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The Flow Cytometry Shared Service (FCSS) at The University of Arizona Cancer Center supports the research needs of all Cancer Center members by providing state-of-the-art instrumentation for data acquisition, analysis, and cell sorting, and the technical expertise to interpret results, and develop methods. We offer information about new techniques, and applications of flow cytometry through workshops and seminars, and provide training to interested facility users who wish to run their own samples. Individual consultation services are available to discuss the specifics of each project.
Under the Direction of Amanda Baker, Ph.D., and Caroline Garcia, Associate Vice President for Research, the FCSS is operated and administered as a partnership between The University of Arizona Cancer Center and Arizona Research Laboratories, Division of Biotechnology.
Flow cytometry is a powerful tool that measures the functional and structural characteristics of heterogeneous mixtures of cells and particles in suspension based on their ability to scatter light. The cell sorting function separates these cells physically into their different classes. Researchers have the capability to analyze and sort cells by differences in physiology, metabolism, morphology and other characteristics. The ability to distinguish different cell types is limited only by the ability to attach specific fluorescent markers to the cells.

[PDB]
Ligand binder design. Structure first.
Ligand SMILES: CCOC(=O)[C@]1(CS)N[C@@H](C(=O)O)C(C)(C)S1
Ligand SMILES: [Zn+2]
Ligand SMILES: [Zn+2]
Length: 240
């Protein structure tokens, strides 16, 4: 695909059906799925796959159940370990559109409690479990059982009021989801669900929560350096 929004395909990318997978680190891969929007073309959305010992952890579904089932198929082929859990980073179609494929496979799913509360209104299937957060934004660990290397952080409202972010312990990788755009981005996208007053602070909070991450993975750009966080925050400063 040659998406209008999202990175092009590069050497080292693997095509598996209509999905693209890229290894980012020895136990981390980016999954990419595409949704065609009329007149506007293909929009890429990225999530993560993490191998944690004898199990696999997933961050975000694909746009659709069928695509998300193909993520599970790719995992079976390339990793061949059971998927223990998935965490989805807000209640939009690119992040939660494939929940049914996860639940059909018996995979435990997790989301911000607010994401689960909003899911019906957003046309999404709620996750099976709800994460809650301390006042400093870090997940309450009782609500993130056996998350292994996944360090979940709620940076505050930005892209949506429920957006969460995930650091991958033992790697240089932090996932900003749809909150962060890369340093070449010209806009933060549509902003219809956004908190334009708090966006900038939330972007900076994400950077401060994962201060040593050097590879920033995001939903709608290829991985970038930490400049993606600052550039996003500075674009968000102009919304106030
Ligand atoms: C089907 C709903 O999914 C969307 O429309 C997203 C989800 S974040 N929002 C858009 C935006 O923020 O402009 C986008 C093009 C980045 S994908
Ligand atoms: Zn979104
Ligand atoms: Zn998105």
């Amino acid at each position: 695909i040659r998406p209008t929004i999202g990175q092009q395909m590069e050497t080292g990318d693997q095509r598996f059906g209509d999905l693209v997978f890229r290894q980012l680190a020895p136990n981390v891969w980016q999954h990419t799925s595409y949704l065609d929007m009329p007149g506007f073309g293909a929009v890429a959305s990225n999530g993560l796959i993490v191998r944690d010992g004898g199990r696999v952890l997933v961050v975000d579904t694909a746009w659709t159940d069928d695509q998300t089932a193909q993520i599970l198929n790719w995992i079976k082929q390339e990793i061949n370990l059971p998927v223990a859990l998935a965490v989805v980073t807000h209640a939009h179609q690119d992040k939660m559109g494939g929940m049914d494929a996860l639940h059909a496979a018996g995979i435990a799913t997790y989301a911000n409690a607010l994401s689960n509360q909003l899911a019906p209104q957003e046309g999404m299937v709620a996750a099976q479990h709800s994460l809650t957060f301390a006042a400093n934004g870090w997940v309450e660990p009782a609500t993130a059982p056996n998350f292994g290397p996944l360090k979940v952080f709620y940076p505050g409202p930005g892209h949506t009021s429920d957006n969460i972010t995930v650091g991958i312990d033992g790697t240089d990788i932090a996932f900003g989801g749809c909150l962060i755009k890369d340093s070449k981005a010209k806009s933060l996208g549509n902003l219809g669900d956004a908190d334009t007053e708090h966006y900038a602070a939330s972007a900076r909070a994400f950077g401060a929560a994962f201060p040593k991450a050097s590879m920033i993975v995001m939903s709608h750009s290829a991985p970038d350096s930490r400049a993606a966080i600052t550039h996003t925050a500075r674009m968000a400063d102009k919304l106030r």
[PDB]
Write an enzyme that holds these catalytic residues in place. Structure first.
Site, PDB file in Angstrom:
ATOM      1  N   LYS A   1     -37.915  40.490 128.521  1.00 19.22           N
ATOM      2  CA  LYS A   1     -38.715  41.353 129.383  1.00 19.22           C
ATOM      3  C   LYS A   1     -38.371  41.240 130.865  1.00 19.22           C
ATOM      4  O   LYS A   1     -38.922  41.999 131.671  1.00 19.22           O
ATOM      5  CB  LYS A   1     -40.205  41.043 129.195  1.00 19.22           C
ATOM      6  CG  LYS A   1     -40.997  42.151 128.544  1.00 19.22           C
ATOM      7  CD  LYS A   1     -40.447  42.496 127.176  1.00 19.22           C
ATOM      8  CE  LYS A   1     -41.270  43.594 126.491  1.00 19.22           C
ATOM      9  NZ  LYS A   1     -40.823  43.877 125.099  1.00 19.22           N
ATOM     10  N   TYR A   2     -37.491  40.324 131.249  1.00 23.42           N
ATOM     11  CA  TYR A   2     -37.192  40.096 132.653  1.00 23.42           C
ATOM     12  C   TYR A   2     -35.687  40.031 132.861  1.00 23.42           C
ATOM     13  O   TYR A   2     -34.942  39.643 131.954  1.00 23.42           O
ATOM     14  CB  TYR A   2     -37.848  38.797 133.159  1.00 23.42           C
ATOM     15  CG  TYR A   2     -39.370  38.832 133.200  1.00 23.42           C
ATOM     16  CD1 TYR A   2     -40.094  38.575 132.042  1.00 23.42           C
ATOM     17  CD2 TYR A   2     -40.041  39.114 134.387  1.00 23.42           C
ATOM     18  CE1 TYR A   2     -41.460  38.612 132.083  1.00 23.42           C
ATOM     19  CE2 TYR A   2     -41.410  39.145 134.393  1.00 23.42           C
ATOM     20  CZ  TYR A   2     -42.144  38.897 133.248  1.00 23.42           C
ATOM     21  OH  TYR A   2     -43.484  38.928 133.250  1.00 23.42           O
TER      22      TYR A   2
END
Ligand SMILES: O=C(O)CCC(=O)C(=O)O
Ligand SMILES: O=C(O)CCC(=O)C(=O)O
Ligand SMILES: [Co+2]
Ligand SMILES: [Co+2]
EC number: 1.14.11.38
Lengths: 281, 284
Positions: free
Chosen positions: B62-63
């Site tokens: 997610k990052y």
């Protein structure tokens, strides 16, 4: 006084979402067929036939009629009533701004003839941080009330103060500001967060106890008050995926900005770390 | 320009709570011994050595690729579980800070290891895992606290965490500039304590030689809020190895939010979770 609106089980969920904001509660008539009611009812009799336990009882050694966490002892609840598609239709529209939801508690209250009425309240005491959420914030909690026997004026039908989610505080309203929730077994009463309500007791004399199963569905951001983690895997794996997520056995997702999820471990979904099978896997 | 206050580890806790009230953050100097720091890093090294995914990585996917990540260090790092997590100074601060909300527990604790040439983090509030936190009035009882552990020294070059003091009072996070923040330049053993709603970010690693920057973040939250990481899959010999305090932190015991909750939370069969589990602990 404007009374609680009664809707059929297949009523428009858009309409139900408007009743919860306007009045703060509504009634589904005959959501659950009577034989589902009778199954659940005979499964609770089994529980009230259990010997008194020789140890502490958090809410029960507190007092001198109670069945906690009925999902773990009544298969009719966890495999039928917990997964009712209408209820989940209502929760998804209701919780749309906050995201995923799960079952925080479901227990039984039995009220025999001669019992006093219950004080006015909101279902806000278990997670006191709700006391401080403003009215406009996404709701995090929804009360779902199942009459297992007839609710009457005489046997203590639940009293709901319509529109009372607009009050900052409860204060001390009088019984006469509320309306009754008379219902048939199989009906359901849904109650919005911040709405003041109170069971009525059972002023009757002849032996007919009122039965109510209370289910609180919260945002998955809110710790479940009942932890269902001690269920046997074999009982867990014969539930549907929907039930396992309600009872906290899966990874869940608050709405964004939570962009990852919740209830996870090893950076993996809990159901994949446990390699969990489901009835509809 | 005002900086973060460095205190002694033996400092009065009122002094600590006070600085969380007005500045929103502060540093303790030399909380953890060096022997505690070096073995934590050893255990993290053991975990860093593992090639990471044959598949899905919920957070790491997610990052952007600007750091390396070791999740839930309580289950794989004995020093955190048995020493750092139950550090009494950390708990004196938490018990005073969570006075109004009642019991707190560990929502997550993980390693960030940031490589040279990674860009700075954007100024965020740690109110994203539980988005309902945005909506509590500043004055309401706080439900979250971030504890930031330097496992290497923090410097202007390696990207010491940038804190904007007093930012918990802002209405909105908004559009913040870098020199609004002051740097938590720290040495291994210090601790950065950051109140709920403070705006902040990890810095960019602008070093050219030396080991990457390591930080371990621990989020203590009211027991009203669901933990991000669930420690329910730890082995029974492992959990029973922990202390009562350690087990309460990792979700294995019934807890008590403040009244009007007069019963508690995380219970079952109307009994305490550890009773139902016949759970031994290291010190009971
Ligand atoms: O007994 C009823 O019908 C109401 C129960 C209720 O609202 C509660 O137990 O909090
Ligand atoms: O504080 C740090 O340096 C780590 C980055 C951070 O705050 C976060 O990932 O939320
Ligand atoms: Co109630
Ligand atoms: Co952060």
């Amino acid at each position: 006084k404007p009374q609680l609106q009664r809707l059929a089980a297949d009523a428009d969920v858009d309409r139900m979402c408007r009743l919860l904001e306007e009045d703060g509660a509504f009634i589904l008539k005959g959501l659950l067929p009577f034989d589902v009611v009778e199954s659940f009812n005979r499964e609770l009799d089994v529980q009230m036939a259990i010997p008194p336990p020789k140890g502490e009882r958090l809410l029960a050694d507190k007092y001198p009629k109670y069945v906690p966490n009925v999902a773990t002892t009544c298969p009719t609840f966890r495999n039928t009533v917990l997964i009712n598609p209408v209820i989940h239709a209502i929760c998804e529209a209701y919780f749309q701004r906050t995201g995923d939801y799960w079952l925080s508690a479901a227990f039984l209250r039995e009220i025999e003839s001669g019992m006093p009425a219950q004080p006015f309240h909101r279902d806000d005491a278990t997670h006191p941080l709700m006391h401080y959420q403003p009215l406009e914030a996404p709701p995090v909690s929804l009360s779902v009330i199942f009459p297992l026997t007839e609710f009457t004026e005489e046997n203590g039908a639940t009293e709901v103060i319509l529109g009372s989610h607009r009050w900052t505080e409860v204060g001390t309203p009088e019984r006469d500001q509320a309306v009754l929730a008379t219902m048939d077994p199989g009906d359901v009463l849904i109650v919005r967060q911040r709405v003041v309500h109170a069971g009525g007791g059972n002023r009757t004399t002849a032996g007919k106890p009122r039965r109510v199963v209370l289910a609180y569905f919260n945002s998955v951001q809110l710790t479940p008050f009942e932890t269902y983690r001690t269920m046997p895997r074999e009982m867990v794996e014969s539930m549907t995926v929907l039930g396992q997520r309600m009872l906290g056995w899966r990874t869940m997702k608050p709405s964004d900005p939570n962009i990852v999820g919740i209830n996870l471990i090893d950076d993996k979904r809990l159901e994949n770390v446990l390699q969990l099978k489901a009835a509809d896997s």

Four instruments are available for use:
The FACScan (BD Biosciences, San Jose, CA) is an analyzer capable of acquiring and analyzing data from five parameters that include: Relative size, granularity or cell complexity and three fluorescence channels. The excitation source is a 15mW Argon Laser tuned to 488nm.
The FACSAria (BD Bioscienes, San Jose, CA) is a cell sorter equipped with 3 lasers: 488nm, 407nm and 633nm, and offers 9 fluorescence detectors. The sorting function of this instrument enables the researcher to physically separate the individual cells and particles from a mixed population. Viable cells can be recovered for further study or culture.
The LSRII (BD Biosciences, San Jose, CA) is an analyzer capable of acquiring and analyzing data from 16 fluorescence parameters and has five lasers: 355nm, 405nm, 488nm, 532 nm and 640nm.
The Reflection (iCyt, Champaign, IL) is a Special Project cell sorter with ten fluorescence parameters and four lasers: 355nm, 405nm, 488nm, and 640nm.
Paula Campbell, Manager
John Fitch, Core Operator
Amanda Baker, Ph.D., Director
Caroline Garcia, Associate Vice President, Research